Compulsory voting is very democratic. How can a country call itself democratic if half or less of the population votes???? Its just like taxes, education, jury duty - without them you wouldn't have functioning society.

Compulsory voting means the government must do their very best to ensure everyone has the opportunity to vote, no matter your circumstances or location. The system in Australia makes it very easy to vote (you can postal vote, pre-poll vote etc. Some of the booths even stayed open for an extra hour on the day).

Compulsory voting prevents the poorer and less educated (those least likely to vote) from being completely disenfranchised. Politicians can't ignore them when considering policies in favour of the white middle-upper classes who are more likely to vote.

It means you be assured the government truly reflects the majority. Even though I disagree with most liberal policies, at least I know it reflects a majority view of the country, not just those who bothered to show up on the day. And its actually harder for extremist/special interest groups to get in as more people voting dilutes those votes (believe it or not, it gets much worse then Australian liberals). It also encourage people to take more interest in politics so they are more aware of these parties.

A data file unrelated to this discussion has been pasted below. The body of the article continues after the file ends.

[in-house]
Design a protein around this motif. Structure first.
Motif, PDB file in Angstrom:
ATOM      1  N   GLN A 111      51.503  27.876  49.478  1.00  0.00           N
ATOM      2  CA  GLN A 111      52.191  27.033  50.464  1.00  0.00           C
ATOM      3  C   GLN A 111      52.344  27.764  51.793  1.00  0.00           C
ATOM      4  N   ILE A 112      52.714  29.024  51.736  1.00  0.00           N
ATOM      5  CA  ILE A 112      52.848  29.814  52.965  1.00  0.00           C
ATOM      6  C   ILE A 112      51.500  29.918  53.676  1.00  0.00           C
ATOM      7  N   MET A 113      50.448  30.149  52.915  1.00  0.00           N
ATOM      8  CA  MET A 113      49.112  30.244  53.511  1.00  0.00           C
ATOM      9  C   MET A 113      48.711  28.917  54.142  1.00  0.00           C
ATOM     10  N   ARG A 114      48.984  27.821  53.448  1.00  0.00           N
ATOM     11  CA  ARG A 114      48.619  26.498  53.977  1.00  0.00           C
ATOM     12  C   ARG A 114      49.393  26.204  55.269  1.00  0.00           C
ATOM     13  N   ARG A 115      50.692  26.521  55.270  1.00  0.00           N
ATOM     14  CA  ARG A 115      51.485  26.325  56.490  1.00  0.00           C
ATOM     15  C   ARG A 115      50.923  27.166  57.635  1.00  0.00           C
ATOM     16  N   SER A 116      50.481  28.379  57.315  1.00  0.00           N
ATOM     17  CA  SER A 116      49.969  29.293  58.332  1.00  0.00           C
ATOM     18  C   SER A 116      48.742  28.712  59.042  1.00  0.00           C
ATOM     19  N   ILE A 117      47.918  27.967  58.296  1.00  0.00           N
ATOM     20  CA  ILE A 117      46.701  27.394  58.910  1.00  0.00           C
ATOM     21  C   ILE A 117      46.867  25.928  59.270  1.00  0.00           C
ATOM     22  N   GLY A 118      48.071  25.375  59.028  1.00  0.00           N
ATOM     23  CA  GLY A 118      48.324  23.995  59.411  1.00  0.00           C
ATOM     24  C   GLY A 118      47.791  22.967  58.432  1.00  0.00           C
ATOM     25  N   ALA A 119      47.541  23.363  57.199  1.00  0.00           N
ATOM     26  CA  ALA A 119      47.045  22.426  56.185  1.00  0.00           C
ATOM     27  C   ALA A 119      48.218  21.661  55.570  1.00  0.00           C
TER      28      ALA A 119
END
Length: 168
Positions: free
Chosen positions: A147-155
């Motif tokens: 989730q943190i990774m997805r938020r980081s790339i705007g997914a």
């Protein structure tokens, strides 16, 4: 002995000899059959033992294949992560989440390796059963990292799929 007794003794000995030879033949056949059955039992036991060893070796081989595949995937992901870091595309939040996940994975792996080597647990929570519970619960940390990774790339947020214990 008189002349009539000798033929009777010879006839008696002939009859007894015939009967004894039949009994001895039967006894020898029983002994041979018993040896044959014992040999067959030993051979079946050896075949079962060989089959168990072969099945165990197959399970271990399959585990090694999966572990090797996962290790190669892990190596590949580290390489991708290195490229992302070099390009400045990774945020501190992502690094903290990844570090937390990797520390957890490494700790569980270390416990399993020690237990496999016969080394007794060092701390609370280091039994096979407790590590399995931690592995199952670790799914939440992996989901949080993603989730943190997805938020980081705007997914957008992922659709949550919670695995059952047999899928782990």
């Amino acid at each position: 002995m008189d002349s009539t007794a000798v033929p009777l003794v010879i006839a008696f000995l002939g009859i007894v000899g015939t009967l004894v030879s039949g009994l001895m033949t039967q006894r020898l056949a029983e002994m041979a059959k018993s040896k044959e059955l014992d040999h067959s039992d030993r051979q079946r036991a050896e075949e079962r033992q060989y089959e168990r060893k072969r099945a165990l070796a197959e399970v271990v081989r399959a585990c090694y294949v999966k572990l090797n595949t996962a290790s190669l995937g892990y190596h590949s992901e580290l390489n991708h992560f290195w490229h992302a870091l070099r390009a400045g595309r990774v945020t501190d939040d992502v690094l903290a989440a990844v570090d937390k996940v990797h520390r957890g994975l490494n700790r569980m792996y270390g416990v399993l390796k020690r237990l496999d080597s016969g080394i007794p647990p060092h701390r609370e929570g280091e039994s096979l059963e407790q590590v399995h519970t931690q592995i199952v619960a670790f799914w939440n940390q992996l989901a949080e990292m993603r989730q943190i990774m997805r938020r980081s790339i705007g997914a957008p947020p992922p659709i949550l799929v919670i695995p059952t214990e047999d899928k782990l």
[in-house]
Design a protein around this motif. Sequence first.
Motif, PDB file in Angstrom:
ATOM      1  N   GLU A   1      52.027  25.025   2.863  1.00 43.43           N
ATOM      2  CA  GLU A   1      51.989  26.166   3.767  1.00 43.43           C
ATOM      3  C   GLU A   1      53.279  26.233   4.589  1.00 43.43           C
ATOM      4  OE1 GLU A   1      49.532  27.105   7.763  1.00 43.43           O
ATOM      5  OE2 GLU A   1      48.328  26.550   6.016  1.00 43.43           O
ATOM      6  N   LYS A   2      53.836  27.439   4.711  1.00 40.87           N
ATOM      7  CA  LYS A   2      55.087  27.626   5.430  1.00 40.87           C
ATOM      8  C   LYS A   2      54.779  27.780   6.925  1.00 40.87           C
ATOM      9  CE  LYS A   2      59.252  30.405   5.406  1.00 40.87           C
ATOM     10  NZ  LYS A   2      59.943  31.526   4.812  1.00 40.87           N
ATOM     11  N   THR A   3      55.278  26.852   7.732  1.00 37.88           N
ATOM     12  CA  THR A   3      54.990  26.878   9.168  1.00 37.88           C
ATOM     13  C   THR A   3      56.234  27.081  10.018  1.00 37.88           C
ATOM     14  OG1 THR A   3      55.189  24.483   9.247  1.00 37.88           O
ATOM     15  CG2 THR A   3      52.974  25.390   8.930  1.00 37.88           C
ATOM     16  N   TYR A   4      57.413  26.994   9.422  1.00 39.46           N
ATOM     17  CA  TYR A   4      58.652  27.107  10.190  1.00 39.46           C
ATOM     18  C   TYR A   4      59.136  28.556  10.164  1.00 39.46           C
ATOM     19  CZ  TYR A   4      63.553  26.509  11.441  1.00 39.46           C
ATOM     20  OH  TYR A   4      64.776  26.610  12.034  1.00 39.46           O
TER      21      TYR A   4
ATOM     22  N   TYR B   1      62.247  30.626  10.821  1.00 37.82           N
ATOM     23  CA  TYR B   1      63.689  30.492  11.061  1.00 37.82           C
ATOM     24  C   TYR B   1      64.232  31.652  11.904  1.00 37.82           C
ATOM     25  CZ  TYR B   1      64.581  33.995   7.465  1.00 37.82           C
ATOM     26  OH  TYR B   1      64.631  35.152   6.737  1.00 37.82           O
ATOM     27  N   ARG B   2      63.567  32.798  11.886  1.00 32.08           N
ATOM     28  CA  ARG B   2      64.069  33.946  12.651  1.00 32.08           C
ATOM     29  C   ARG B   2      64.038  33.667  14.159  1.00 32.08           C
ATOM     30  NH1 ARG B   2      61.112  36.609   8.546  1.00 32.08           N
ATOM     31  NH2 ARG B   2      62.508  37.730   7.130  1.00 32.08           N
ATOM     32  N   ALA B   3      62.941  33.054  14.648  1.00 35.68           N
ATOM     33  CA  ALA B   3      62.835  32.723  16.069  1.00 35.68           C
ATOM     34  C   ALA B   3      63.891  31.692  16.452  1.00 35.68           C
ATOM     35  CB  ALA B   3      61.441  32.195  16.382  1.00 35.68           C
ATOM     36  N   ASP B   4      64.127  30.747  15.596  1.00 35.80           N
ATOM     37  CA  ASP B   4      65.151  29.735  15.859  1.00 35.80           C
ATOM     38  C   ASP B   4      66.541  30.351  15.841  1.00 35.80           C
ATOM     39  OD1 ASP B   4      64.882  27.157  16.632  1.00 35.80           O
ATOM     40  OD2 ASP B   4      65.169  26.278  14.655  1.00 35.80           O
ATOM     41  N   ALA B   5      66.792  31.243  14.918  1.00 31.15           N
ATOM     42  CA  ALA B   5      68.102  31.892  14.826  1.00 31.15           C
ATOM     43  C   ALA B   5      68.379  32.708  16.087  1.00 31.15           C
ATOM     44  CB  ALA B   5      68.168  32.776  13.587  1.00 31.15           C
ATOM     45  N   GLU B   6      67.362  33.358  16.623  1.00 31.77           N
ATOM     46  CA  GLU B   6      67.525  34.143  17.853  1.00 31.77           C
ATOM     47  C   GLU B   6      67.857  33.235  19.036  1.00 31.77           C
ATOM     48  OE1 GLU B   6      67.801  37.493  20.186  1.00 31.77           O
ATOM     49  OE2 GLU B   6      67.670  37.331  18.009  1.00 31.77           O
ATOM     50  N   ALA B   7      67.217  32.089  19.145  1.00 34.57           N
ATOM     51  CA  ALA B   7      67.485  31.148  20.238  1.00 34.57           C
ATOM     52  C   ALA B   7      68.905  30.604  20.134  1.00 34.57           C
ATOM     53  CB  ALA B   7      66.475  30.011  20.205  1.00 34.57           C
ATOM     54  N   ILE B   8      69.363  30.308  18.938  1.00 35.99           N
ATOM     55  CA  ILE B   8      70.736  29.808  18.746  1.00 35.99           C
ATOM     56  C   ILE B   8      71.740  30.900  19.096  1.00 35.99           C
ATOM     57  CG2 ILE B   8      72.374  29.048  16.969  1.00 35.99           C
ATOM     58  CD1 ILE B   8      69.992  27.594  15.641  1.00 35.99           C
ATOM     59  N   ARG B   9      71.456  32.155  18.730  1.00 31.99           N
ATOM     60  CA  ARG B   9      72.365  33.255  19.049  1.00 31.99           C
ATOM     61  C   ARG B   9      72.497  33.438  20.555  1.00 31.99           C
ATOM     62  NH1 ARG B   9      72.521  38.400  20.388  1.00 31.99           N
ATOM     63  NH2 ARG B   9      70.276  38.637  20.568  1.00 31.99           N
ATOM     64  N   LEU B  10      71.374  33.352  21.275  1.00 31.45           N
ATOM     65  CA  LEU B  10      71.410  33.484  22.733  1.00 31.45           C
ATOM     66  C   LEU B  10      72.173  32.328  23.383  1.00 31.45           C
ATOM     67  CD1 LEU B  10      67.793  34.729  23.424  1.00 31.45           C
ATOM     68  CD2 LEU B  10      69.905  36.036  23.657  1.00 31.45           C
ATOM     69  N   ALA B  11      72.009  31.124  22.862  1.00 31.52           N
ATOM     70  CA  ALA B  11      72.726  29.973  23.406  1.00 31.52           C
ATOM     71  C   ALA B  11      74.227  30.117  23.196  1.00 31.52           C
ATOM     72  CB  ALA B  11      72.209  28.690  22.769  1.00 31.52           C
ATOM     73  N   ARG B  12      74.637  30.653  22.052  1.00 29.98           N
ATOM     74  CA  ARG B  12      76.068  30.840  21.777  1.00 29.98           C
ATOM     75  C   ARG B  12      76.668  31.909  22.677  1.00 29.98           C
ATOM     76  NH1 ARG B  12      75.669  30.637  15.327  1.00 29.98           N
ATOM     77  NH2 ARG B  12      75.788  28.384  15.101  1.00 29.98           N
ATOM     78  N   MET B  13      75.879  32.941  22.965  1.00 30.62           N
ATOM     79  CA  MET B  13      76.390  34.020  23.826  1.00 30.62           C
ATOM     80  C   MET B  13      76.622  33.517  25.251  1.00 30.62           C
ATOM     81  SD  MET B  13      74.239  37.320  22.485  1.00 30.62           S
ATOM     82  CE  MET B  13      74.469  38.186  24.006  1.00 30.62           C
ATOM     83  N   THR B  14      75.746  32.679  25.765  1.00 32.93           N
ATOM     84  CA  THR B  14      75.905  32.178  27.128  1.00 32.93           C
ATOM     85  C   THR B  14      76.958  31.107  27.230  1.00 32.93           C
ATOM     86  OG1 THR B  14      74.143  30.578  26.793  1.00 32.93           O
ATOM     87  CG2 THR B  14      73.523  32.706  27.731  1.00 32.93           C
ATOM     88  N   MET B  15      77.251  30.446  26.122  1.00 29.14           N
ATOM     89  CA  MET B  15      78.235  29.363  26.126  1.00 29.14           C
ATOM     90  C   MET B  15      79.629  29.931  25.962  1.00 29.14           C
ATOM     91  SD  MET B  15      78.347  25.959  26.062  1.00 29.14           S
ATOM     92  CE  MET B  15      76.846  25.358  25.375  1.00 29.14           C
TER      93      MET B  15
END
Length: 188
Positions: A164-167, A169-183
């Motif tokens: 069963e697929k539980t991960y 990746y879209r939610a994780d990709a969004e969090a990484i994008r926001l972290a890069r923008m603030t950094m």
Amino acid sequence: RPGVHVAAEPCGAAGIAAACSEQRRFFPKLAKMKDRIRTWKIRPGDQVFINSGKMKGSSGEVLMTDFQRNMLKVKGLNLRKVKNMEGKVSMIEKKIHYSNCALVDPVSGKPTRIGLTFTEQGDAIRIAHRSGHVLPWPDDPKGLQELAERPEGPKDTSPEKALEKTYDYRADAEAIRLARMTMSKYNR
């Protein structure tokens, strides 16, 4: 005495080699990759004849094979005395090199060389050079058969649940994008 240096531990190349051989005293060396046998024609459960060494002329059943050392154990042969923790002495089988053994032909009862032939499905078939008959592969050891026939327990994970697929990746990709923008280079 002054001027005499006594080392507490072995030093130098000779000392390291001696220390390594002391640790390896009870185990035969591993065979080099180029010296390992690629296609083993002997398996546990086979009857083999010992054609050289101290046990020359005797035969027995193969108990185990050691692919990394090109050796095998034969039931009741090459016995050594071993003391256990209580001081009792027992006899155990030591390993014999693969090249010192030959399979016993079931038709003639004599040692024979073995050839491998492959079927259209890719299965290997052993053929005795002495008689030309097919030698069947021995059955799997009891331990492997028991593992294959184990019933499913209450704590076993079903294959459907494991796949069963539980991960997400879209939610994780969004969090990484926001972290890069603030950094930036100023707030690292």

Voting took 20mins out of my day yesterday - I didn't even consider not voting (a fine of $20 is hardly a massive stick) - and I quite enjoyed the community vibe. I think its bizarre that people could view voting as optional.

wisheshappentobehorsestoday Sun 08-Sep-13 05:15:41

Just a clarification - obviously you can have a functioning society without compulsory voting, I just meant voting is just another aspect of a functioning democratic society.